How to make kombucha.
Like I said, kombucha is made by fermenting sweet tea with a scoby. It’s super simple, and doesn’t take much time. Making your own also saves quite a bit of money, if you’re a kombucha-lover.
If you don’t yet know how to make kombucha, simply dissolve some sugar in boiling water, add black or green tea bags, and steep. Once your sweet tea is cooled, add your tea, along with a scoby and a cup of plain kombucha to a glass jar (please don’t use ceramic!). The scoby provides the proper cultures and the extra cup of kombucha helps give your batch a kick-start.
Kombucha usually ferments for about a week before bottling. It ferment faster if your house is very hot and humid, or it could take longer if your house is cold. Post bottling, kombucha ferments a second time (this is where you add in flavors) for a day or two before it’s nice and carbonated and ready to enjoy.
When you bottle your booch, it’s good to always save at least a cup in the jar to start your next batch with.
Notes on flavors.
Once you know how to make kombucha, the options are pretty much endless when it comes to how you flavor it! Fruit is the most popular, but I have enjoyed it mixed with carrot juice and spices, spirulina, and more… My husband’s favorite flavor is lemon and ginger, my kids adore strawberry, and my personal favorite is mango.
In the recipe card I’ve linked to some of the products from my affiliate partners that I like to use. Purchasing through these links won’t cost you anything extra. Thanks!
How to make Kombucha
Free from grain, gluten, eggs and dairy.
- 1 gallon filtered water
- 1 cup organic sugar
- 7-8 organic black tea bags (or 2 tablespoons loose-leaf tea)
- 1 scoby (get them here or here)
- 1 cup plain kombucha (for your starter)
- 1 gallon-sized glass jar for first ferment
- cloth and rubber band to cover the jar
- 6 flip-top bottles or pint-size canning jars with lids for second ferment
Bring at least 1 quart of the water to a boil. Then turn off the heat and stir in sugar until it’s dissolved.
Add in tea, cover, and let steep until cooled to room temperature.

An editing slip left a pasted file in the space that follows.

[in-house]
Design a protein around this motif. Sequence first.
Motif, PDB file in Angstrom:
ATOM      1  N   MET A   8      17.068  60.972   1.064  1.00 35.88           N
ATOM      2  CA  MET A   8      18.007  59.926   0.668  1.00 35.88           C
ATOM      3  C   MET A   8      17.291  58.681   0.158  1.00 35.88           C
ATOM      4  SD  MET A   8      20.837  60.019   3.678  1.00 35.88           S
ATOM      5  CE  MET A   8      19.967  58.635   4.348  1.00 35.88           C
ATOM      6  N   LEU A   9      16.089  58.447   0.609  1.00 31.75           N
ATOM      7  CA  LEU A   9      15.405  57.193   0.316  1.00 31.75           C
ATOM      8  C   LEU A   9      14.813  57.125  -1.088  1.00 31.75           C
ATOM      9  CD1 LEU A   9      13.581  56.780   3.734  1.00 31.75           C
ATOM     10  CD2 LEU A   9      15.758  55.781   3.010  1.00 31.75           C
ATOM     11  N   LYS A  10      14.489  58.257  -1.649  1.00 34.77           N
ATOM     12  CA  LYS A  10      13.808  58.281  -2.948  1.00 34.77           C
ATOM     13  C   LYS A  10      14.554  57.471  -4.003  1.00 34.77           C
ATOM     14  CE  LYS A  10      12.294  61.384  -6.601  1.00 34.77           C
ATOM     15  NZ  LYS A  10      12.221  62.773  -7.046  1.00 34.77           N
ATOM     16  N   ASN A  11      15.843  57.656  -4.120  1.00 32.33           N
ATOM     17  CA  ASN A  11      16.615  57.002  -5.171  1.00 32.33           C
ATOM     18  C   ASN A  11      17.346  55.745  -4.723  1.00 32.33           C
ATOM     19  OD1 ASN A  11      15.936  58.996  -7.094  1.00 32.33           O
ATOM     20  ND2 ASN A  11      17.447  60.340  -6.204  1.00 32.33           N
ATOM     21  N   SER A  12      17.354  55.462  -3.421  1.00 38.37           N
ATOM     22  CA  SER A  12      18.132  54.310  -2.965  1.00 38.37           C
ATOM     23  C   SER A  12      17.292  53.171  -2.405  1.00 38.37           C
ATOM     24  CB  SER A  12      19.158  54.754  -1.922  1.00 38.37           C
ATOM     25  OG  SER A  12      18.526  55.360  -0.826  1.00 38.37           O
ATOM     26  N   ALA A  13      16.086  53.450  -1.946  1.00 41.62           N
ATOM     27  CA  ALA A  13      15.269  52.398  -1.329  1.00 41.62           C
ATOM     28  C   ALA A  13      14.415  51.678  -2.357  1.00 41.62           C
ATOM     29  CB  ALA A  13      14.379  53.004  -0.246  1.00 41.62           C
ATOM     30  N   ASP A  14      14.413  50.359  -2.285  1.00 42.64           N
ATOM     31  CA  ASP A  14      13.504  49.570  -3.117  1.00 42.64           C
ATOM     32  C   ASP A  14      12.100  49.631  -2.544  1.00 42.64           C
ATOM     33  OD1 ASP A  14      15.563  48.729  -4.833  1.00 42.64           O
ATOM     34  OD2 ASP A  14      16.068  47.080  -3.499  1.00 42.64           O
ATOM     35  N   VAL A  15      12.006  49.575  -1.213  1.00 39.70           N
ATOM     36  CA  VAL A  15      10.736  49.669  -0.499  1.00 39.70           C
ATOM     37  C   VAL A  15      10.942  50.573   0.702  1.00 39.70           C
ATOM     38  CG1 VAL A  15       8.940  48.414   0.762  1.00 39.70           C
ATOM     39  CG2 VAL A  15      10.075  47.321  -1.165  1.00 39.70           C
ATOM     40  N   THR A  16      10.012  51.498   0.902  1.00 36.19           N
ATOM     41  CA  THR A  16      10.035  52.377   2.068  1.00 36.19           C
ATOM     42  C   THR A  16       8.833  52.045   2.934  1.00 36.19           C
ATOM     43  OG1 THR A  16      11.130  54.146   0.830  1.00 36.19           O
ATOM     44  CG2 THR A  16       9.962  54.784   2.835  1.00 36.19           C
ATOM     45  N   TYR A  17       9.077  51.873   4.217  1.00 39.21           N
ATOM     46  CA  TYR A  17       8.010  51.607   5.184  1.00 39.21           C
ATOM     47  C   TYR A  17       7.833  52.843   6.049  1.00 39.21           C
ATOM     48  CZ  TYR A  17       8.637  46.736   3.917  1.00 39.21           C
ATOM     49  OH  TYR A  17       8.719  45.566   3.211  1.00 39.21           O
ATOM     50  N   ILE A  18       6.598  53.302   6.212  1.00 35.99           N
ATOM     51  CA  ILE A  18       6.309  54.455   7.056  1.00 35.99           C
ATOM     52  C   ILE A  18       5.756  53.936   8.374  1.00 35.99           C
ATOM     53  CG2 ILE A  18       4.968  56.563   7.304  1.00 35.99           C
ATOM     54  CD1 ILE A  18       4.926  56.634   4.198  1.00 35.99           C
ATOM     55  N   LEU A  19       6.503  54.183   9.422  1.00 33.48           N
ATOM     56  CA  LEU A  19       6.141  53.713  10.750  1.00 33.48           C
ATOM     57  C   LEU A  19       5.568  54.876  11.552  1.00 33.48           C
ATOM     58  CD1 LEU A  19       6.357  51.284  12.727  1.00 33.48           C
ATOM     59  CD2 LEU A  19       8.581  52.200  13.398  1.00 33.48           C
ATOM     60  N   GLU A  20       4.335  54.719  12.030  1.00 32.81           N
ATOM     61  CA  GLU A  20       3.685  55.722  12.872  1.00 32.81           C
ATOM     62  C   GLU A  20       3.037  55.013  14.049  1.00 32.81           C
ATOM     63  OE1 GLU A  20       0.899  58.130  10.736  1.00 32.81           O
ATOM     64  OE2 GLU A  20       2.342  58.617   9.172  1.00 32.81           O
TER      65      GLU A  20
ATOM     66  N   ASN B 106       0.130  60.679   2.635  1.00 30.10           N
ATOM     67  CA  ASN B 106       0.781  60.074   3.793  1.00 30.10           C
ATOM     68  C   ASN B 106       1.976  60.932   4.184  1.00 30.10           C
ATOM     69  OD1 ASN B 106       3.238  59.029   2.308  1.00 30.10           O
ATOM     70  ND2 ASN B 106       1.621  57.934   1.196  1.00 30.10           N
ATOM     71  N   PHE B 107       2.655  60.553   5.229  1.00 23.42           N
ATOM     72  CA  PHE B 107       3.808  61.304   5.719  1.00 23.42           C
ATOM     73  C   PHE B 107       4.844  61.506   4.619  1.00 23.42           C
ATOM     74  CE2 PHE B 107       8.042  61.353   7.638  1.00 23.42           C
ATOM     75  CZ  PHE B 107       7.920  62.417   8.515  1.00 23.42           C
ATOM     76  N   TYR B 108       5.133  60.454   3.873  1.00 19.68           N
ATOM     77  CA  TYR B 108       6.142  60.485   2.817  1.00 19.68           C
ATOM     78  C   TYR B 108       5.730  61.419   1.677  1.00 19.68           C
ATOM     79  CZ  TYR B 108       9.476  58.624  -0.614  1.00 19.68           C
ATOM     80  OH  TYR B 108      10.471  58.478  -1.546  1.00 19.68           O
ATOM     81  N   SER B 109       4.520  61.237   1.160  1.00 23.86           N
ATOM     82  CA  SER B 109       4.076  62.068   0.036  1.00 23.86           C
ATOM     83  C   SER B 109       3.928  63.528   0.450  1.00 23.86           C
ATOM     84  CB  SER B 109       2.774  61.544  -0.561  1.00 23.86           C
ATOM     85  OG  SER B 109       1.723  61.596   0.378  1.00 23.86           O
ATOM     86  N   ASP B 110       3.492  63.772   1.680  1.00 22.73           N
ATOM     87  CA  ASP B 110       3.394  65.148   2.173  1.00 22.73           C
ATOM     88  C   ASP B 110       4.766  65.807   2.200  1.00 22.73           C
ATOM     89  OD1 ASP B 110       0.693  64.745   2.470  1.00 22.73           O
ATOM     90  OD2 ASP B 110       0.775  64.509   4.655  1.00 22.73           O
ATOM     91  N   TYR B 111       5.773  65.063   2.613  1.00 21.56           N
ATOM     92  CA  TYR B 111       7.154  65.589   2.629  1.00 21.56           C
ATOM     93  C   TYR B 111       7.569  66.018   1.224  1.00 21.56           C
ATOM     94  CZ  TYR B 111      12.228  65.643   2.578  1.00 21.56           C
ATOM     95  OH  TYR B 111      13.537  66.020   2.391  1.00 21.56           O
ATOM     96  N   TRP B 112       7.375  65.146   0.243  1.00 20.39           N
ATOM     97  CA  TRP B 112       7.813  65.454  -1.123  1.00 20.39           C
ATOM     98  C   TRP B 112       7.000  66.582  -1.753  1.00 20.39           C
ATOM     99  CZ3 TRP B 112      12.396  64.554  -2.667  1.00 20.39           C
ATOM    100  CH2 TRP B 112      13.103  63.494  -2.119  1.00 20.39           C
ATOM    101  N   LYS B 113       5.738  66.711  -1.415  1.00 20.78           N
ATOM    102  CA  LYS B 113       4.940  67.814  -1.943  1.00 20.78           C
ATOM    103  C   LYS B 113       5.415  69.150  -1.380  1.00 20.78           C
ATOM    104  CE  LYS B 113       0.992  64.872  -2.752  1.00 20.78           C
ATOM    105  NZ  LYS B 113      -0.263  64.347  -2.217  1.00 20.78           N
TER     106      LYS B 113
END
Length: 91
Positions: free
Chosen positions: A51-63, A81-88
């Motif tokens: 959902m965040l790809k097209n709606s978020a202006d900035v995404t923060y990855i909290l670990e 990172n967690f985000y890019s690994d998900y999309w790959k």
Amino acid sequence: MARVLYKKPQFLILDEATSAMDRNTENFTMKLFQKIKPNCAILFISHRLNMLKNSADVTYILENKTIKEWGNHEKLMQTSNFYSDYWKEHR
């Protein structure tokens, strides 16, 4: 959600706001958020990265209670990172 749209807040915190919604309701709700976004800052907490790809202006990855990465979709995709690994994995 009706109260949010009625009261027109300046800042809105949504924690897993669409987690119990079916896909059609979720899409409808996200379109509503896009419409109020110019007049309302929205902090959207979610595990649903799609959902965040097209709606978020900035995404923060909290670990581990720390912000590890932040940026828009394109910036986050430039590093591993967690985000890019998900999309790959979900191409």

Pour tea into clean gallon-sized jar and add scoby and the cup of plain kombucha.
Fill the jar with filtered water up to 2 inches from the top.
Cover with a clean cloth and let set on the counter for 7 days.
Pour your kombucha into flip-top bottles (like these) or canning jars with air-tight lids. (Make sure to leave at least 1 cup of kombucha in the gallon jar for your next batch.)
Flavor bottles as desired, cap tightly, and let set on the counter for 1-3 days longer to carbonate.
Now you can use the leftover cup of kombucha and your scoby to make more kombucha!
This recipe makes about 6 pints of kombucha.
If you don’t want that much kombucha, you can simply cut the recipe in half, just keep the ratio of water:tea:sugar the same.
Nourishing kombucha float.
Ok. So now you know how to make kombucha at home. What should you do with it? Well, other than just drinking it straight (which is a great idea), it makes delicious smoothies, fruit snacks, meat marinades, and… kombucha floats!
Free from grain, gluten, with egg and dairy options.
- 8-12 ounces kombucha – plain, strawberry, whatever you want!
- 2 scoops primal/paleo vanilla ice cream (I use my vanilla kefir ice cream)
Fill your favorite cup with kombucha, then top with your ice cream.
I know, it’s complicated…
If you can’t do dairy, you can use a dairy-free vanilla ice cream.